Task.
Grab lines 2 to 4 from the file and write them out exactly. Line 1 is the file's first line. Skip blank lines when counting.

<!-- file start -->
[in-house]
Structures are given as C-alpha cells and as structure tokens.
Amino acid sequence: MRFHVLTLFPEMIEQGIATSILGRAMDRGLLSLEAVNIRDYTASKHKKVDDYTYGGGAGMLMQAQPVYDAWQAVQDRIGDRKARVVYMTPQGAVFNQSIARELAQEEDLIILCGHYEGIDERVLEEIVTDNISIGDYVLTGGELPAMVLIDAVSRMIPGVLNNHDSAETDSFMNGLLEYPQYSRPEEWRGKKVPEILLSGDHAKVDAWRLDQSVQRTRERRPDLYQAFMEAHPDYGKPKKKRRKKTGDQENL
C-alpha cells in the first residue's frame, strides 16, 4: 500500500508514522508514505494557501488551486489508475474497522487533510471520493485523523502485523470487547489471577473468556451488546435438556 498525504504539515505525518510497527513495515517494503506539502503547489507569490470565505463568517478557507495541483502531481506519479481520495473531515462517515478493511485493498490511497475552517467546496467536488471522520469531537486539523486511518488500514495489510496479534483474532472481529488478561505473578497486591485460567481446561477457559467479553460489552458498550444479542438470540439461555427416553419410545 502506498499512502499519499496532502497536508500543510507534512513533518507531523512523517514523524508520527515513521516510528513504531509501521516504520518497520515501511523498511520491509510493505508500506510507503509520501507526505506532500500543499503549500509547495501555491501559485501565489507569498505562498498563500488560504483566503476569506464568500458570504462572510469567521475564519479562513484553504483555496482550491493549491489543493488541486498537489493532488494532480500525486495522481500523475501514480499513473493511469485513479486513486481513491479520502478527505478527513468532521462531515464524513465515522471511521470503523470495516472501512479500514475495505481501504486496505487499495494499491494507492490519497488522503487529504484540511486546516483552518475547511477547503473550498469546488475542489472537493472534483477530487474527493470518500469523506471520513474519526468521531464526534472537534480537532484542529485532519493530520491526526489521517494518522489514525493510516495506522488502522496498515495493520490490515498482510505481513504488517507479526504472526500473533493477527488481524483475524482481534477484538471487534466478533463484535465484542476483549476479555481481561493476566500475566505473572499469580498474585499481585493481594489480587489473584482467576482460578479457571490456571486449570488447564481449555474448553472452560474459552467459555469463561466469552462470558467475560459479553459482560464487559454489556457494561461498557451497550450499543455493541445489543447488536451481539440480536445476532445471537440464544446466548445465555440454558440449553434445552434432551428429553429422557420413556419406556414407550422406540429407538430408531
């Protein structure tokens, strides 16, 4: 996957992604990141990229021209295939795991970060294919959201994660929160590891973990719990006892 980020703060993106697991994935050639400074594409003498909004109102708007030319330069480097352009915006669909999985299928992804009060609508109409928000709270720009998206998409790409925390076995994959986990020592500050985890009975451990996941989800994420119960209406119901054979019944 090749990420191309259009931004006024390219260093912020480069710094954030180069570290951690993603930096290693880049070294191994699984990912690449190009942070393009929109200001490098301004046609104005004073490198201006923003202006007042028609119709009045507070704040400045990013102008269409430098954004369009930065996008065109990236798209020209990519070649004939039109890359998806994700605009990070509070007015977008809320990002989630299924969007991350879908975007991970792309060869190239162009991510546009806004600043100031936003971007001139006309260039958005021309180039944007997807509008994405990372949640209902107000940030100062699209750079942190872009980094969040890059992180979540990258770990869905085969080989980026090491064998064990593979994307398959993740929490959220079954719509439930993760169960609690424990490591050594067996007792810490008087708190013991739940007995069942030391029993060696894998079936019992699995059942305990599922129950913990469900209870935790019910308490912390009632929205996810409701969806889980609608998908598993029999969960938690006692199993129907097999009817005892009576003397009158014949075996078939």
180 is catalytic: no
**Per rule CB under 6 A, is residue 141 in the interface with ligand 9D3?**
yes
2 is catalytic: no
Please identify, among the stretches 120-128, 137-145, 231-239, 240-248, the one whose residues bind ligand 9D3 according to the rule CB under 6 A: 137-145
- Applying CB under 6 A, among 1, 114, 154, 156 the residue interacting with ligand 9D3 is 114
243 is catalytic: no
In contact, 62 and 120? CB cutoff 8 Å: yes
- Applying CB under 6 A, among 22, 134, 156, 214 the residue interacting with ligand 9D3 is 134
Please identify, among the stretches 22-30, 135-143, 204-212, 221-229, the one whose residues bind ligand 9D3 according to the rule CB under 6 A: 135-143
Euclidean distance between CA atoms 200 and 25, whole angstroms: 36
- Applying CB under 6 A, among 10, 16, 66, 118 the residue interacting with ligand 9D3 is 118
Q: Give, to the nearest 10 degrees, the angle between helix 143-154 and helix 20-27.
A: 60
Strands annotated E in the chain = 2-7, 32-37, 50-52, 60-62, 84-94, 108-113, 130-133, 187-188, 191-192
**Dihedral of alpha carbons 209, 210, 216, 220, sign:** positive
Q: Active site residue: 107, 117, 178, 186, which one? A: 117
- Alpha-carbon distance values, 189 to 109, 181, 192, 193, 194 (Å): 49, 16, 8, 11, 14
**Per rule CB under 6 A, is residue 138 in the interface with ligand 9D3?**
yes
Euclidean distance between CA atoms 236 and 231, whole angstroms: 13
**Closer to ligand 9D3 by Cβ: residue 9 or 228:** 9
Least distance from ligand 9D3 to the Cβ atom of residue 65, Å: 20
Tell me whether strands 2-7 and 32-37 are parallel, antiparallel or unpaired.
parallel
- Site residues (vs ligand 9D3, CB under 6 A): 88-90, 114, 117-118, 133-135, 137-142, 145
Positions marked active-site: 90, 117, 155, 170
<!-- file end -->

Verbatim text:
Structures are given as C-alpha cells and as structure tokens.
Amino acid sequence: MRFHVLTLFPEMIEQGIATSILGRAMDRGLLSLEAVNIRDYTASKHKKVDDYTYGGGAGMLMQAQPVYDAWQAVQDRIGDRKARVVYMTPQGAVFNQSIARELAQEEDLIILCGHYEGIDERVLEEIVTDNISIGDYVLTGGELPAMVLIDAVSRMIPGVLNNHDSAETDSFMNGLLEYPQYSRPEEWRGKKVPEILLSGDHAKVDAWRLDQSVQRTRERRPDLYQAFMEAHPDYGKPKKKRRKKTGDQENL
C-alpha cells in the first residue's frame, strides 16, 4: 500500500508514522508514505494557501488551486489508475474497522487533510471520493485523523502485523470487547489471577473468556451488546435438556 498525504504539515505525518510497527513495515517494503506539502503547489507569490470565505463568517478557507495541483502531481506519479481520495473531515462517515478493511485493498490511497475552517467546496467536488471522520469531537486539523486511518488500514495489510496479534483474532472481529488478561505473578497486591485460567481446561477457559467479553460489552458498550444479542438470540439461555427416553419410545 502506498499512502499519499496532502497536508500543510507534512513533518507531523512523517514523524508520527515513521516510528513504531509501521516504520518497520515501511523498511520491509510493505508500506510507503509520501507526505506532500500543499503549500509547495501555491501559485501565489507569498505562498498563500488560504483566503476569506464568500458570504462572510469567521475564519479562513484553504483555496482550491493549491489543493488541486498537489493532488494532480500525486495522481500523475501514480499513473493511469485513479486513486481513491479520502478527505478527513468532521462531515464524513465515522471511521470503523470495516472501512479500514475495505481501504486496505487499495494499491494507492490519497488522503487529504484540511486546516483552518475547511477547503473550498469546488475542489472537493472534483477530487474527493470518500469523506471520513474519526468521531464526534472537534480537532484542529485532519493530520491526526489521517494518522489514525493510516495506522488502522496498515495493520490490515498482510505481513504488517507479526504472526500473533493477527488481524483475524482481534477484538471487534466478533463484535465484542476483549476479555481481561493476566500475566505473572499469580498474585499481585493481594489480587489473584482467576482460578479457571490456571486449570488447564481449555474448553472452560474459552467459555469463561466469552462470558467475560459479553459482560464487559454489556457494561461498557451497550450499543455493541445489543447488536451481539440480536445476532445471537440464544446466548445465555440454558440449553434445552434432551428429553429422557420413556419406556414407550422406540429407538430408531